I couldn’t help reflecting on U.S. multiculturalism. It was all here—the benefits of diversity showing in the mixed groups, the exposure of meat-and-potatoes Irish American students to stir fries and sushi, of strictly-stir-fries Asian students to pizza and burgers that their mothers might never prepare at home, the options to suit every dietary restriction. Andrew asked a server to put some kale on his plate of beer-battered fish, but they insisted on giving him a separate plate so as not to accidentally mix a gluten-free dish with a gluten-containing one. But on our way home I thought of the table of Hasan Minhaj lookalikes and the dining room filled almost exclusively with students of color. I thought ruefully of my own student days with not a single South Asian student to be seen (and no vegetarian options but cottage cheese and pasta without sauce), but also, with a pang, of the tables of laughing Latino and African American students to which I didn’t belong any more than I did among the prep-school white American students (we had only immigrated to the U.S. the year before). Much of the time I ate hastily alone and then smuggled some of the meager vegetarian options, such as there were, up to my dorm room for Andrew. Here at UMass, there was not only hot sauce, there were choices of hot sauce, from the ubiquitous tabasco, to Mexican salsas, to the glorious Sriracha. What I would have given for even one of those back in college!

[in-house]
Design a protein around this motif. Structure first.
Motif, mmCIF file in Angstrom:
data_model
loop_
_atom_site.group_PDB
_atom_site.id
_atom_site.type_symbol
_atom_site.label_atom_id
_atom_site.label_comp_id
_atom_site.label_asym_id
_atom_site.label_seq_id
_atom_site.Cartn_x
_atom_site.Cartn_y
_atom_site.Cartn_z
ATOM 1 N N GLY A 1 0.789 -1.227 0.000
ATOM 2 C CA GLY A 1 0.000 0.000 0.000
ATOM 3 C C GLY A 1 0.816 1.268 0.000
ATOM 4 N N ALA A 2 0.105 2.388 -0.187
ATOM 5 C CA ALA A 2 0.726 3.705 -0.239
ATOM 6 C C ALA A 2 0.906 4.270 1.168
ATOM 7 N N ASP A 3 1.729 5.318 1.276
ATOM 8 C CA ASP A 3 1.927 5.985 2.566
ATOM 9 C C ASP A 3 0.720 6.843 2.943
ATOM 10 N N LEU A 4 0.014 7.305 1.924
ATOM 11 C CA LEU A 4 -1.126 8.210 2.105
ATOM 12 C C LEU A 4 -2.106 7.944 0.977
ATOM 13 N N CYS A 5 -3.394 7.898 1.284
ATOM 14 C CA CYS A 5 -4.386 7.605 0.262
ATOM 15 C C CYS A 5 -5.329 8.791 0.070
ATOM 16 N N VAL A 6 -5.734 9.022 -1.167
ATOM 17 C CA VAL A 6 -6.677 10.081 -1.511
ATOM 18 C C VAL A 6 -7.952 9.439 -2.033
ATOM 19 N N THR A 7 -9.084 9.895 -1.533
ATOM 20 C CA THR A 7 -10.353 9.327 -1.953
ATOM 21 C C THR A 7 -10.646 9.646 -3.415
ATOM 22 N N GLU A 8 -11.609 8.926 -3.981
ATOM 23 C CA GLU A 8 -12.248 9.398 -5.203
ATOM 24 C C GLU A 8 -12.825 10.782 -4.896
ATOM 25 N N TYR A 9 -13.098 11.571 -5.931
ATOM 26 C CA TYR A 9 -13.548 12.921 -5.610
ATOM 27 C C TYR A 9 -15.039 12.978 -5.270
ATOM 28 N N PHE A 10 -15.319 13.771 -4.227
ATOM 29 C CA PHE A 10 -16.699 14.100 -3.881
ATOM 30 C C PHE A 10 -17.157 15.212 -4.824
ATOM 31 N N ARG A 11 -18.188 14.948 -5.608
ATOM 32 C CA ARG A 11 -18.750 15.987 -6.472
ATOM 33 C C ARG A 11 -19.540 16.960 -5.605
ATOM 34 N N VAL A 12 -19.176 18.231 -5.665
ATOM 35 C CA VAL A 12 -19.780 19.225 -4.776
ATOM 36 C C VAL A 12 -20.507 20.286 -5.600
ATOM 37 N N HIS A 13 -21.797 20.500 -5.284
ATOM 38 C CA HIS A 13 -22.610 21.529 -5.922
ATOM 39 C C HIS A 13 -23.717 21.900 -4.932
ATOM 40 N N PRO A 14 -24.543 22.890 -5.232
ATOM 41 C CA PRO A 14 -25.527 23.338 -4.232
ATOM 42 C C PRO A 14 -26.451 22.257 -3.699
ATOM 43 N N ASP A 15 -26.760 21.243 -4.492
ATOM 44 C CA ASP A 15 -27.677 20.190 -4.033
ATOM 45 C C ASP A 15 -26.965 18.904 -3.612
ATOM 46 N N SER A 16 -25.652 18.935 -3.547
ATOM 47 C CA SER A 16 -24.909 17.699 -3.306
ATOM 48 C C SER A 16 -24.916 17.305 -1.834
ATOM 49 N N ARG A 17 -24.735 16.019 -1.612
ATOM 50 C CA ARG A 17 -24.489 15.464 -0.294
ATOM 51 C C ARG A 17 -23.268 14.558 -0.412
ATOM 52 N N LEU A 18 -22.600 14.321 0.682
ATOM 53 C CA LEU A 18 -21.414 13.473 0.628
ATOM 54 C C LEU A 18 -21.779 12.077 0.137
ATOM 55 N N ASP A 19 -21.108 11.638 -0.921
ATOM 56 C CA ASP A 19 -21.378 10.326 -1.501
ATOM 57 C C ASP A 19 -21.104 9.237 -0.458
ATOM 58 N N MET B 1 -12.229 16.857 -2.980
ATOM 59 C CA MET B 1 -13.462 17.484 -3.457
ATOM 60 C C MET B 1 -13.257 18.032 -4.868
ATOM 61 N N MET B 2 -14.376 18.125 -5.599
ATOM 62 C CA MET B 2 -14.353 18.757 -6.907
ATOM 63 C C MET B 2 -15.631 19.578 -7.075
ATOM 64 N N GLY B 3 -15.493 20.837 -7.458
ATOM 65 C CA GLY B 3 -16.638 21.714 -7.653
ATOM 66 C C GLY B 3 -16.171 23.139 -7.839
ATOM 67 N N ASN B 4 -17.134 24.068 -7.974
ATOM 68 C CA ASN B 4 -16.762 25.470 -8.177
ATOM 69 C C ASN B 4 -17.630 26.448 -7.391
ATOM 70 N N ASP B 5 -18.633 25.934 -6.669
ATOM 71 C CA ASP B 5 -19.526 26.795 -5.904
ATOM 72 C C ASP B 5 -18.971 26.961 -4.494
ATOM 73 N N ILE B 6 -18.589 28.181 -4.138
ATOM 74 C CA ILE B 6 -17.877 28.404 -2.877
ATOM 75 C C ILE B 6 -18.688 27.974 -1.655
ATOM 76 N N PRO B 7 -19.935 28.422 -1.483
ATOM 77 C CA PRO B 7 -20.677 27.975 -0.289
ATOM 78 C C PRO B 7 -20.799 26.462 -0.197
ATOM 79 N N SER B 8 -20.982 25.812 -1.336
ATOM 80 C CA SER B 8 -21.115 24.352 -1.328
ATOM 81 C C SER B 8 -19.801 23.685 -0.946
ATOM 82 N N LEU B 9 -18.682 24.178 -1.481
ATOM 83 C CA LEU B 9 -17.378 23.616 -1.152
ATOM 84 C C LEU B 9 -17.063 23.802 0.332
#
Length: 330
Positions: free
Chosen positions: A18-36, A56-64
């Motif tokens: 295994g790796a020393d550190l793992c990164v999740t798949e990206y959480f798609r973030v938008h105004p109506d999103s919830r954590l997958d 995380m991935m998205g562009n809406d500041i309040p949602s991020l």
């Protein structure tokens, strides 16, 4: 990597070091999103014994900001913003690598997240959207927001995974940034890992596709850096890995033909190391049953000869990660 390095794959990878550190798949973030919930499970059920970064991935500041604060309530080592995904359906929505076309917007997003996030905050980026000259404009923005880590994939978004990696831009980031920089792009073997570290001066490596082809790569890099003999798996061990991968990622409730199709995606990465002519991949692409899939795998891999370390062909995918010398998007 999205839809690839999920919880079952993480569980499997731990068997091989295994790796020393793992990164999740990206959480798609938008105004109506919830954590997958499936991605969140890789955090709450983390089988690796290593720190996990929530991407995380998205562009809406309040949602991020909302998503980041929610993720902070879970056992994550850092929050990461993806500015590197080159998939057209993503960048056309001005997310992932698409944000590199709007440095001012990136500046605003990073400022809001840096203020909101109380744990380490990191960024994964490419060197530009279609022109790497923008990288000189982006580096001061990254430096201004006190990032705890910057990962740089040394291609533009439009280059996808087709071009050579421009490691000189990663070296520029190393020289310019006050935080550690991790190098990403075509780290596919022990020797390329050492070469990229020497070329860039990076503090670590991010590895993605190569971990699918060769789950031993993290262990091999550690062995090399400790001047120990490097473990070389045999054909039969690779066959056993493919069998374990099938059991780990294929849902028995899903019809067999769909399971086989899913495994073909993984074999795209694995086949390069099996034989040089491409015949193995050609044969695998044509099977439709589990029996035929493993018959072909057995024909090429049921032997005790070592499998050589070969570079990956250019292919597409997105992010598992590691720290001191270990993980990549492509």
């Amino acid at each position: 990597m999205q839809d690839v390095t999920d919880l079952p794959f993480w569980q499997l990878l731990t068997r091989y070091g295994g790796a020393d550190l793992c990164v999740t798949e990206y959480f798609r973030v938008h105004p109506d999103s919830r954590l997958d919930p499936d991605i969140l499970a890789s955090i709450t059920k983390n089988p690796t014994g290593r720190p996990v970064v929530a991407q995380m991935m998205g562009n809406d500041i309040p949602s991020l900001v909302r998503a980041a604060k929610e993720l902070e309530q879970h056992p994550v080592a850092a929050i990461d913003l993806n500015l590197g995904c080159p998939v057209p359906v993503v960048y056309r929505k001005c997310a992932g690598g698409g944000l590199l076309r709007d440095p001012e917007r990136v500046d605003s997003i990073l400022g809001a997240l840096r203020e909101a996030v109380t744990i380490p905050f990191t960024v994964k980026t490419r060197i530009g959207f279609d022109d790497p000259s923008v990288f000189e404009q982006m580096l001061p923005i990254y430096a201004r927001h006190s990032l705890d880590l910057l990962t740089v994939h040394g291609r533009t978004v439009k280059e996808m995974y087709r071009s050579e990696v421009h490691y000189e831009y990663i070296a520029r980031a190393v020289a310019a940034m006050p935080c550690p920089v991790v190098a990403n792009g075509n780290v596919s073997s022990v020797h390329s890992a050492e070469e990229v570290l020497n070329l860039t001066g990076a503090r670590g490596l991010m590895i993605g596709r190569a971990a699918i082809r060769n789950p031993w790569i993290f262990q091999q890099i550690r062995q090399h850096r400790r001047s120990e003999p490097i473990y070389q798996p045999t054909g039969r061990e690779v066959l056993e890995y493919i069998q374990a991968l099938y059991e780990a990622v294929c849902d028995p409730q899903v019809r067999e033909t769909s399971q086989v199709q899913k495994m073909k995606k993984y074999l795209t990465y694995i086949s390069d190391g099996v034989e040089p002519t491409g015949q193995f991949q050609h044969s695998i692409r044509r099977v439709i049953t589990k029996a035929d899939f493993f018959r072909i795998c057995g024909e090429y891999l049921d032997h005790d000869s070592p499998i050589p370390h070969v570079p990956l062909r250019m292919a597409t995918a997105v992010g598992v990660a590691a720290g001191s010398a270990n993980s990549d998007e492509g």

But the celebration of multiculturalism has notoriously meant exposing students to a diversity of holidays and foods but not much else in terms of meaningful structural change. For the most part, despite the diversity in the UMass student body, they still sat together in their separate racial and ethnic groups; and the dramatic demographic difference between the two dining halls was sobering. Still I consoled myself that there had been progress. Asian and Caribbean American students had a taste of their own home cooking and people of their own ethnicity and cultural background to bond with. Although UMass Amherst, out in the boondocks of Western Massachusetts, has far fewer African American students than UMass Boston does, it was heart-warming to see a small group of South Asian and African American students together. And the image that stays with me: the delightful hybridity of that young East Asian student working to maneuver that unmanageably large piece of fresh naan bread into her mouth. Even now, in my mind’s eye, it makes me smile. It’s messy, but we’re getting better at it.